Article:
KAI RYSSDAL, anchor: Not to pick on Congress, but it's going to be a busy couple of days before lawmakers get to leave town for the Fourth of July. There's a defense authorization bill yet to take care of, and the estate tax as well. But in the middle of all that, Democrats in Congress are calling for new investigations. They want a closer look at some military contracts in Iraq. And as it happens, the Pentagon's just canceled a huge rebuilding contract. MARKETPLACE's Lisa Napoli has all the details.
LISA NAPOLI reporting: Parsons is a 60-year-old engineering firm headquartered in Southern California. It held the $99 million contract to build a prison in northern Iraq. Lieutenant Colonel Stan Heath of the Army Corps of Engineers explains why the contract was scotched.
Lieutenant Colonel STAN HEATH: Quite frankly, it was the contractor's inability to complete the project within cost limitations. And the contractor's abandonment of the project is what led to the termination.
NAPOLI: Weeks ago, the Army Corps canceled another $300 million in Iraqi contracts with Parsons to build hospitals and clinics. CorpWatch executive director Pratap Chatterjee visited Parsons work sites in Iraq in April. He says the problem is bigger than just one contractor.
Mr. PRATAP CHATTERJEE: This is one example in a litany of disasters in reconstruction.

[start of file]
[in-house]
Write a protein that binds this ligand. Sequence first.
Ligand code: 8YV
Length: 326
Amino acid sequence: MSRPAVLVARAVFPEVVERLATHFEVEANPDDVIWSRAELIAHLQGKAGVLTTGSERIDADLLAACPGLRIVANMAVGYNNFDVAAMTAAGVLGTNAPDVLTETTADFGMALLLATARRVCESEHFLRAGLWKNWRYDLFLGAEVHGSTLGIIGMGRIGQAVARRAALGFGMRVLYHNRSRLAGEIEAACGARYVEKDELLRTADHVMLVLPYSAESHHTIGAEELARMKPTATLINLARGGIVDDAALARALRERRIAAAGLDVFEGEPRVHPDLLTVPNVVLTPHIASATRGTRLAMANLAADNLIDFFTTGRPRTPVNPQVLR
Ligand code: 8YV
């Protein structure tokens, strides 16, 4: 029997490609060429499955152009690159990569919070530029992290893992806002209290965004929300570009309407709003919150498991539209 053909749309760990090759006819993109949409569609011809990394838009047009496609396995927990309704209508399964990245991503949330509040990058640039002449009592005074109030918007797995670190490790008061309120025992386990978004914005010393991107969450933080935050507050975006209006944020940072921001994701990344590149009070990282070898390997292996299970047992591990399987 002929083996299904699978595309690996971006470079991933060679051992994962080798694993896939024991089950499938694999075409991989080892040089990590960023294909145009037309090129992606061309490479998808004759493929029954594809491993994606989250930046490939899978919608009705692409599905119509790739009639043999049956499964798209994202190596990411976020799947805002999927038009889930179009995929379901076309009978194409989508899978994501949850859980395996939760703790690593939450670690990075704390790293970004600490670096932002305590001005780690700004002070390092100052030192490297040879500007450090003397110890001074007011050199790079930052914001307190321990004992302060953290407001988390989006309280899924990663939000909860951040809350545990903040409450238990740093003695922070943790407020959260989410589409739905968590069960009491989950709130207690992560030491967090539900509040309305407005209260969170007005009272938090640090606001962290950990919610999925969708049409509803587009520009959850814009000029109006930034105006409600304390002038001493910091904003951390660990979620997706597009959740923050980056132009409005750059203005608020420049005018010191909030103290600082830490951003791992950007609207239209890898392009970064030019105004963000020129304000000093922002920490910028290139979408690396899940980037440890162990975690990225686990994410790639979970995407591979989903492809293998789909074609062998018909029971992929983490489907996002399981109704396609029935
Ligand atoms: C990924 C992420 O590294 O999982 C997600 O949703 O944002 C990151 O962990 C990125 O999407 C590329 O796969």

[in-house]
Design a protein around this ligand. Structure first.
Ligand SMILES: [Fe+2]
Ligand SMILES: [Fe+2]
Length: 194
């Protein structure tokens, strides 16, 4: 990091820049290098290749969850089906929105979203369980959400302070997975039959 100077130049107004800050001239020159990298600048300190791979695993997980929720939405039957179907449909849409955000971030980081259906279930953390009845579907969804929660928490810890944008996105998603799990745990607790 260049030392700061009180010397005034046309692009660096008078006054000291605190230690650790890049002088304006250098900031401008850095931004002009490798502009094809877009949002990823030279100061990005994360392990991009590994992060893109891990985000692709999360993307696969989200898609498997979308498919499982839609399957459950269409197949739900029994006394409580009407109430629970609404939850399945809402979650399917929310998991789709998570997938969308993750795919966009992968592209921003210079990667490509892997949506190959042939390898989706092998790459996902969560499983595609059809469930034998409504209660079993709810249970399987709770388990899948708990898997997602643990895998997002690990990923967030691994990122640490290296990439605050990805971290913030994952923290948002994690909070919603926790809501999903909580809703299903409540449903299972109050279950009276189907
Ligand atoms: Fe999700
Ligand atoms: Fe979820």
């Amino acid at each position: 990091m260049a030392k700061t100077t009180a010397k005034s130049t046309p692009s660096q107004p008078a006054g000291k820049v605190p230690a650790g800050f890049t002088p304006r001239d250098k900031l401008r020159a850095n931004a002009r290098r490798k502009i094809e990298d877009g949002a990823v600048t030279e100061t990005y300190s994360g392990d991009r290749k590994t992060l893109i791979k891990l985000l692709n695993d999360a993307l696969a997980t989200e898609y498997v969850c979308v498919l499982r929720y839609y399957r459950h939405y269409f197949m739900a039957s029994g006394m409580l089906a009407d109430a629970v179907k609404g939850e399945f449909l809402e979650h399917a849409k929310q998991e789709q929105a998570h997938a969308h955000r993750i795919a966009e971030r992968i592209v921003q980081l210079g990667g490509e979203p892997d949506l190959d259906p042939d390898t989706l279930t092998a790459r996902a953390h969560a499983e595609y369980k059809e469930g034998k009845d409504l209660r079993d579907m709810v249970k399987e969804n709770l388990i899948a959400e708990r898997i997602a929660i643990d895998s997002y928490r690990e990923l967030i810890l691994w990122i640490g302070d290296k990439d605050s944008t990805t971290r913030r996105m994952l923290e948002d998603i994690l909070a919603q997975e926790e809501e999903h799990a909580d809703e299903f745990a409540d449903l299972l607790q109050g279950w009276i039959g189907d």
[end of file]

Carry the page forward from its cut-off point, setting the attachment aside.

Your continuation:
NAPOLI: Chatterjee says he isn't sure who's at fault.
Mr. CHATTERJEE: You have to ask yourself whether the company has either completely mismanaged the money or whether the US Army Corps of Engineers or USAID are properly managing the company itself.
NAPOLI: Alex Knott of the Center for Public Integrity says the government's waging a lose-lose battle.
Mr. ALEX KNOTT: They need these contracts fulfilled so that they can be successful in Iraq. But, at the same time, since it is a war zone, you have very few companies that are, first, able to do it and then, secondly, willing to do that.
NAPOLI: Lieutenant Colonel Heath of the Army Corps ducked the issue of blame. And Parsons refused comment. But a spokeswoman for the company told The New York Times Parsons had met the government's contract terms. In Los Angeles, I'm Lisa Napoli for MARKETPLACE.
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